This is a matter of statistical significance rather than absolute accuracy. Twitter includes a positive and negative sentiment detector in its programming interface. Even if it is only 70% accurate it has analytical value. For example, if a news story about a company or product surfaces, a volume spike in the chat (or lack thereof), and the direction of the sentiment, might give a company useful intelligence in terms of how it should respond. A company can also use such studies to measure the effectiveness of advertising, and the interest in and reactions to various products and features. Despite the margin of error, this information is available well before the sales results come in, and at very least provides another data point to correlate with those results. Comparative studies among products, companies, political candidates, and popular entertainment are all possible. There are indeed many practical uses for data mining in the social media.
What might make this especially attractive to businesses is they don’t need to use clandestine means to get this information. No hacking is required, just good software programming. Social media are public to a large extent. Yes, there are private groups, and endlessly overlapping Venn Diagrams of “linked” individuals and entities, which seem to illustrate the “six degrees of separation.” However, people who want to get their feelings and reactions out, especially about public events, companies, products, and high profile individuals, want to express themselves in a public forum. Most large companies and other entities have presences on social sites, where any user can comment, and these act as a kind of sentiment magnet. Twitter also has mechanisms that enable users to flag Tweets as relevant to a specific entity. The sheer volume of social media content in the public forum often guarantees statistical significance, even when the analytical tools have a large margin of error.
The only downside is that the social media represent a skewed demographic, favoring the young with time on their hands or the disenfranchised. Yet they also reflect those who are technologically savvy, and who are willing buyers of technology such as smart phones and trendy automobiles. Many companies target their product offerings to this group. Moreover, as time goes on, the social media are gaining in popularity and are being adopted by a broader demographic. Companies are reaching out on their Facebook Pages and YouTube Channels to wider audiences, even if the tone remains youthful.
These public data can be retrieved and analyzed using specialized software. Not only that, depending on the particular social medium, data fields are available to refine the intelligence, such as language, internet/hosting source, type of phone or application used, and geographic coordinates. All in all, there is real power here, and organizations are starting to exploit it.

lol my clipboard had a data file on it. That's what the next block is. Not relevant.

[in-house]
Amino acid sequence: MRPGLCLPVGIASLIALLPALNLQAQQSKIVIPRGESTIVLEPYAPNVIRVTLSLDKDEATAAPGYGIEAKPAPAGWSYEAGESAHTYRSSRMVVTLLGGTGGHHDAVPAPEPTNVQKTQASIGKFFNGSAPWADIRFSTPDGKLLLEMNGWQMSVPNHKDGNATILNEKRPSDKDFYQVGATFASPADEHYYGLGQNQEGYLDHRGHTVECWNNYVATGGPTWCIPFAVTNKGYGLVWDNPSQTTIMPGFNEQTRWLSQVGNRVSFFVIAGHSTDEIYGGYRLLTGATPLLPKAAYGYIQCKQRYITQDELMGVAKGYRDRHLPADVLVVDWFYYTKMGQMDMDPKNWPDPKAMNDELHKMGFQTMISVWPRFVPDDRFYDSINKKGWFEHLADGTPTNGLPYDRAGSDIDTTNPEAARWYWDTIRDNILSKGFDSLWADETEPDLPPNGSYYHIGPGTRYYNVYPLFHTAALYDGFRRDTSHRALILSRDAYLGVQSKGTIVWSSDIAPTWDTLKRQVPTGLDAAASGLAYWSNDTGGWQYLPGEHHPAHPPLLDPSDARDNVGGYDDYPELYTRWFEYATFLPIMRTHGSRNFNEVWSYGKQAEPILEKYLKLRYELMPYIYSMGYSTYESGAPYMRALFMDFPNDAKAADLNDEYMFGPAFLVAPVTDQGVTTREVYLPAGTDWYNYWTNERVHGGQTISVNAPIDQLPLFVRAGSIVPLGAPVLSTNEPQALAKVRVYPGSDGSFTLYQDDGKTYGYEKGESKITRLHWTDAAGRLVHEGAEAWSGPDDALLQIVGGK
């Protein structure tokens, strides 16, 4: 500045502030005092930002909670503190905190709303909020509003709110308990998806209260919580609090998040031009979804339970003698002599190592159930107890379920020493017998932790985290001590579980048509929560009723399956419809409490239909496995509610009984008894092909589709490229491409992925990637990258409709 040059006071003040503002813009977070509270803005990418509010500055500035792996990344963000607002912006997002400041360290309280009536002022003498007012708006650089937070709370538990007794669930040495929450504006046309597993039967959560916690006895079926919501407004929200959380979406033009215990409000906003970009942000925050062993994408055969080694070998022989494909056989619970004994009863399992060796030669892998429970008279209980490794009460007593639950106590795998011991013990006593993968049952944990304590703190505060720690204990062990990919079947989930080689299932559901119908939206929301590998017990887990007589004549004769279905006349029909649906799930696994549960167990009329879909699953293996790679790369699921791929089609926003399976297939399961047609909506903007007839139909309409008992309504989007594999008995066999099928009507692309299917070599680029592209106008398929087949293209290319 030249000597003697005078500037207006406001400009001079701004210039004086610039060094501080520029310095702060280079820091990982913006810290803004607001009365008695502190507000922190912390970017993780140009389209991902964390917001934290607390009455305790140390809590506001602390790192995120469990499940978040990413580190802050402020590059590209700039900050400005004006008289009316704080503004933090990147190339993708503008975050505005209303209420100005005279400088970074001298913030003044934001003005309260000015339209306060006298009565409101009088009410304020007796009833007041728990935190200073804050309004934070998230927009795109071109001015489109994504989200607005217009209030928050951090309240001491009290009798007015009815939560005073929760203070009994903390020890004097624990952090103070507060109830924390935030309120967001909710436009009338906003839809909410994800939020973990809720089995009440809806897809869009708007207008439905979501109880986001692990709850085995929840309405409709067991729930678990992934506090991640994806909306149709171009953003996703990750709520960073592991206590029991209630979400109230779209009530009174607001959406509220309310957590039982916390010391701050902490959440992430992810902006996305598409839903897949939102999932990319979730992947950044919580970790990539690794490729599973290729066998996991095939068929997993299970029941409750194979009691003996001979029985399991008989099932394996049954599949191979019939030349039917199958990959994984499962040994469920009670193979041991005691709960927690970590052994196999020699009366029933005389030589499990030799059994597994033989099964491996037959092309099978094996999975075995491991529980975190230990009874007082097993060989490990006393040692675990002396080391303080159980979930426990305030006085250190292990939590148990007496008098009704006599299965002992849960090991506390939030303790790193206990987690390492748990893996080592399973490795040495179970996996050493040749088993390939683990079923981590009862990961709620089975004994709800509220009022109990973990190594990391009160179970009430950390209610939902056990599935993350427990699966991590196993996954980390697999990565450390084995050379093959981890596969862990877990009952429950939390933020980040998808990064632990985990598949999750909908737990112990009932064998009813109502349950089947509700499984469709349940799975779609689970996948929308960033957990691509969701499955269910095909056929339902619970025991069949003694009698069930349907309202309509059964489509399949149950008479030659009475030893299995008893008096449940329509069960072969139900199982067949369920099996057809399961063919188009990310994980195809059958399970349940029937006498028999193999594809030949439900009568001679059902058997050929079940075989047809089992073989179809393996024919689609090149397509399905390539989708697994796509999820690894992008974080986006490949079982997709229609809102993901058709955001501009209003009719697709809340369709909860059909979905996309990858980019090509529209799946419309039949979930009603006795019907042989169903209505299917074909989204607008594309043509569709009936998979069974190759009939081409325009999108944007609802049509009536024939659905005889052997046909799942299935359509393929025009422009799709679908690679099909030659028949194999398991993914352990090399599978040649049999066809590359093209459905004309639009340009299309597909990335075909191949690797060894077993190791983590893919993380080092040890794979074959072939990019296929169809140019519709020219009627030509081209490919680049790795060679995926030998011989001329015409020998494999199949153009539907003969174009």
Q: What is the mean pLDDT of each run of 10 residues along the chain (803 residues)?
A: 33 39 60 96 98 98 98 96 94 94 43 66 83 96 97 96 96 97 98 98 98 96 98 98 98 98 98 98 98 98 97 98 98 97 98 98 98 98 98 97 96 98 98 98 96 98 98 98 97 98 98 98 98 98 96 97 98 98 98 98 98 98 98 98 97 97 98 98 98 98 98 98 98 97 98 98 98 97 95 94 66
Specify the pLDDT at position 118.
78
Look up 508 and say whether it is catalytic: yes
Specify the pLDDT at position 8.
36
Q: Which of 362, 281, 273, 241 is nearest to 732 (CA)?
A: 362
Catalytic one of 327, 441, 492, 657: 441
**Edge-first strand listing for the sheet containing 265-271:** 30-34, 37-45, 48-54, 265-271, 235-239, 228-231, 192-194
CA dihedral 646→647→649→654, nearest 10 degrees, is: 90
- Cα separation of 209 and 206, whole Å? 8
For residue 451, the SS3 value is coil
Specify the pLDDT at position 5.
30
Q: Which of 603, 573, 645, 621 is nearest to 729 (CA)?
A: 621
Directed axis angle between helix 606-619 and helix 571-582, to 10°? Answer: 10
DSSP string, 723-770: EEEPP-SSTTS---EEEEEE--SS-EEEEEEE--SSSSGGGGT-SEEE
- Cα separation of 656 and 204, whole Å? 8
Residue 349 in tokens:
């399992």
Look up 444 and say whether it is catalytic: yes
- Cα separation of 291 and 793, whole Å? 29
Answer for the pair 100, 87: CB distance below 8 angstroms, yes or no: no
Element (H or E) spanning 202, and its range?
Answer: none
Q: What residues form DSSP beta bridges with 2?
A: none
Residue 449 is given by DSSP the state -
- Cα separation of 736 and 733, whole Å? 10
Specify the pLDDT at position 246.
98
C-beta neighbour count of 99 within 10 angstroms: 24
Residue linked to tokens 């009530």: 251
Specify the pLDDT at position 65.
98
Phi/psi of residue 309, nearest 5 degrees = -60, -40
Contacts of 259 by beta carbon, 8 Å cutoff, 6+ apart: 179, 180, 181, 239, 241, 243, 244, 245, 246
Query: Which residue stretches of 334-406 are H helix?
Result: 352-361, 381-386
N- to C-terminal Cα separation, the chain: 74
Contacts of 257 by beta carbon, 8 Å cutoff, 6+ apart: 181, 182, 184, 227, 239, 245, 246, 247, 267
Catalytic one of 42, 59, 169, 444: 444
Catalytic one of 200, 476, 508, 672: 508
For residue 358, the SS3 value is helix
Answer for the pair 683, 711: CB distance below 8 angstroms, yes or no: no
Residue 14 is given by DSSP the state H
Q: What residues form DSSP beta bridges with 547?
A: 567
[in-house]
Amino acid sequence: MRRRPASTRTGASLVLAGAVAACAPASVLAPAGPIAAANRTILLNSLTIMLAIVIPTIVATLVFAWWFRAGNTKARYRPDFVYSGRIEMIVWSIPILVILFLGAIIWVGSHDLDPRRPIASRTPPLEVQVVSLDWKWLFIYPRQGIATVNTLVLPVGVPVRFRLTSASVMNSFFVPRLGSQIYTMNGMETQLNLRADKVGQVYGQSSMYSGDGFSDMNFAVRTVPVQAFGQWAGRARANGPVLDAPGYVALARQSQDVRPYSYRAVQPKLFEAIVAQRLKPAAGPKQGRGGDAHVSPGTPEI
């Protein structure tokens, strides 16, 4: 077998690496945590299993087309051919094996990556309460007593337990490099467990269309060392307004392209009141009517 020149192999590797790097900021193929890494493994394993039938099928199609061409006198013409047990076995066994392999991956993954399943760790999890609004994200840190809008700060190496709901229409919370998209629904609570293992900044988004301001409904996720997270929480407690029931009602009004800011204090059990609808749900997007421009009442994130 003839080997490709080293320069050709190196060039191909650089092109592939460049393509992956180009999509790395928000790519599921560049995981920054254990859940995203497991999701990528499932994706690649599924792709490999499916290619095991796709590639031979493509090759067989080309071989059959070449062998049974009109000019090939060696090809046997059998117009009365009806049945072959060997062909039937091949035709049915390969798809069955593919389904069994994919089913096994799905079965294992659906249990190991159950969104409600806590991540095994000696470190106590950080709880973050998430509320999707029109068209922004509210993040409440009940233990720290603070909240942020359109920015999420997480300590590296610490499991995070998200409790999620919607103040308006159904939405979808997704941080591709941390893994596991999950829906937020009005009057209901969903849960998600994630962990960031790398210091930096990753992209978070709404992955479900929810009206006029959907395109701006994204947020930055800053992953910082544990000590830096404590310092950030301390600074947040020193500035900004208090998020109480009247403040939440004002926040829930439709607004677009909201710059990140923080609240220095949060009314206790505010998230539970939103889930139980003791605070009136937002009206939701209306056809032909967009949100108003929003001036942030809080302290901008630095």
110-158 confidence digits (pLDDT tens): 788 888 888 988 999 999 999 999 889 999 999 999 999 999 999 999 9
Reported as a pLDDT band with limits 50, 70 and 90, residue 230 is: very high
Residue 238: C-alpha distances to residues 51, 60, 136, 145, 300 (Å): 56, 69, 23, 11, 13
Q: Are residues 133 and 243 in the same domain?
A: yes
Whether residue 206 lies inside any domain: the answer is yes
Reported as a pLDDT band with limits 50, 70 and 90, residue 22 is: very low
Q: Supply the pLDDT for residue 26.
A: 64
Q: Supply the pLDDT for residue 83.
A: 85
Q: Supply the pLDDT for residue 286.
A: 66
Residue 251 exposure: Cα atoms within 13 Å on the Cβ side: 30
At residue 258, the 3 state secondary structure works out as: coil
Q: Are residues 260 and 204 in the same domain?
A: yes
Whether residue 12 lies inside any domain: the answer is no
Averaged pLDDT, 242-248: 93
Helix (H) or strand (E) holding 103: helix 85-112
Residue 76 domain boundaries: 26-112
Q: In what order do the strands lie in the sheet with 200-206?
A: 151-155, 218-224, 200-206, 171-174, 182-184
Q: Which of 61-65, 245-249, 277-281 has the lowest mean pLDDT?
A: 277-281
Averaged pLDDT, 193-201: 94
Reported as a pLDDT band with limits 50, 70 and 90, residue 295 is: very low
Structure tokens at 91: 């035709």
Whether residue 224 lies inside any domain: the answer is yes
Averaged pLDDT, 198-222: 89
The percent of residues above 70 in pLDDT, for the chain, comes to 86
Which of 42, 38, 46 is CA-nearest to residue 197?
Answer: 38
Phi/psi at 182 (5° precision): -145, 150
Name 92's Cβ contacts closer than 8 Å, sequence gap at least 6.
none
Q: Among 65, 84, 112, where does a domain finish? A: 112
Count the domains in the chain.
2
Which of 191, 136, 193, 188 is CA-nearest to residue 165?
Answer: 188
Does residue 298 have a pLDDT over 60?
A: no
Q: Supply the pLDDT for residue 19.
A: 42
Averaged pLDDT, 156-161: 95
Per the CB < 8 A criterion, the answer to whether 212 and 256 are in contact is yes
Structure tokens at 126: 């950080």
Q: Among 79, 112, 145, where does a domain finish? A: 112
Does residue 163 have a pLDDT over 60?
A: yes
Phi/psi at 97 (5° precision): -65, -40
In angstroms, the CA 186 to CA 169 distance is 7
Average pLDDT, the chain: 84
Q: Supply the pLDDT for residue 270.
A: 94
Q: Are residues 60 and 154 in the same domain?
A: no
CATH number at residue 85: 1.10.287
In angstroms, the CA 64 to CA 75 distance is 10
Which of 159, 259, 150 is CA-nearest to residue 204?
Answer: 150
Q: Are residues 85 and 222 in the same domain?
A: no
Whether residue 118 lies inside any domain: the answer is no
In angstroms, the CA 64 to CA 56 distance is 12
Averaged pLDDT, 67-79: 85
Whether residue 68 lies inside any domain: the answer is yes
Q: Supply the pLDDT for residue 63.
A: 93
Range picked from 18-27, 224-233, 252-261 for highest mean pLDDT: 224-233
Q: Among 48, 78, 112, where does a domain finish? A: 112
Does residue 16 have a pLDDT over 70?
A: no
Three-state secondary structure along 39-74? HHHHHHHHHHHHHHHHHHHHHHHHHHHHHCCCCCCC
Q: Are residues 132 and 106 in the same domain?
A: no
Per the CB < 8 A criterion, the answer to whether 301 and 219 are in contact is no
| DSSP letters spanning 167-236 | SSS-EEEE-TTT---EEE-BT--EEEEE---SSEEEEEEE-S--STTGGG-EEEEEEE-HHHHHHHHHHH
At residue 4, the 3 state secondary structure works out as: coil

A new take on the Survey?
A highly respected colleague of mine specializes in the techniques for constructing effective surveys, which can serve as valid input to powerful predictive analytics. The techniques are based on science, math, and statistics, as well as lessons from experience. He has demonstrated the efficacy of this form of business intelligence as offering a substantial amplification to returns-on-investment for business initiatives.
He and I have been discussing the value of adding a social media data mining front end to this kind of business intelligence. This would not replace formal surveys, which of course provide highly focused input – but rather would offer an additional input that has its own advantages. First, social media provide “immediate” feedback. Second, they don’t depend on volunteers willing to respond to a survey request. Both approaches have benefits, and a future study of interest would be to compare differences in their dynamics, their relative strengths and weaknesses, and their potential synergies.
A key advantage of data mining in social media is that it can be automated – from the raw data collection all the way to a real-time dashboard of dials and graphs. This can be done with relatively simplistic algorithms, and yet be informative. If we take the automation further, artificial intelligence can be introduced and evolved so as to yield highly refined results.
Russell Kennedy Partners has developed software to gather comments and posts from Facebook and YouTube, and Tweets from Twitter, for the purposes of re-use in advertising and market analysis, and is currently in the process of building a more powerful analytics module which includes additional sources, designed for corporate clients in the entertainment, health, fitness, beauty, and professional services industries.